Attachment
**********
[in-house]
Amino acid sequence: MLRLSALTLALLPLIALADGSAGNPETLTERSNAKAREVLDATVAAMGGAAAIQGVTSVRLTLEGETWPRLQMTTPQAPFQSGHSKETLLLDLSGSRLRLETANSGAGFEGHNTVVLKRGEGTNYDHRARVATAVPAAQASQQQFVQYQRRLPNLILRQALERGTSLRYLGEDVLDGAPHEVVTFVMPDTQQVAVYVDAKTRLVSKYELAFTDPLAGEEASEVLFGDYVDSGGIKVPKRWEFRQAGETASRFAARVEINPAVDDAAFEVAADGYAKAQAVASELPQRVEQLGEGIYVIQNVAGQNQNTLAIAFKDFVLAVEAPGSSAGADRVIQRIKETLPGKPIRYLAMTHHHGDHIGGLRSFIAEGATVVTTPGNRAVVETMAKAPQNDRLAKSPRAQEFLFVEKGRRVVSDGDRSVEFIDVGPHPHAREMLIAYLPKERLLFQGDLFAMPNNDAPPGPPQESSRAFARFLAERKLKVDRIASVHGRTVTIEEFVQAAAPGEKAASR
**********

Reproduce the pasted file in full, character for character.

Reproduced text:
[in-house]
Amino acid sequence: MLRLSALTLALLPLIALADGSAGNPETLTERSNAKAREVLDATVAAMGGAAAIQGVTSVRLTLEGETWPRLQMTTPQAPFQSGHSKETLLLDLSGSRLRLETANSGAGFEGHNTVVLKRGEGTNYDHRARVATAVPAAQASQQQFVQYQRRLPNLILRQALERGTSLRYLGEDVLDGAPHEVVTFVMPDTQQVAVYVDAKTRLVSKYELAFTDPLAGEEASEVLFGDYVDSGGIKVPKRWEFRQAGETASRFAARVEINPAVDDAAFEVAADGYAKAQAVASELPQRVEQLGEGIYVIQNVAGQNQNTLAIAFKDFVLAVEAPGSSAGADRVIQRIKETLPGKPIRYLAMTHHHGDHIGGLRSFIAEGATVVTTPGNRAVVETMAKAPQNDRLAKSPRAQEFLFVEKGRRVVSDGDRSVEFIDVGPHPHAREMLIAYLPKERLLFQGDLFAMPNNDAPPGPPQESSRAFARFLAERKLKVDRIASVHGRTVTIEEFVQAAAPGEKAASR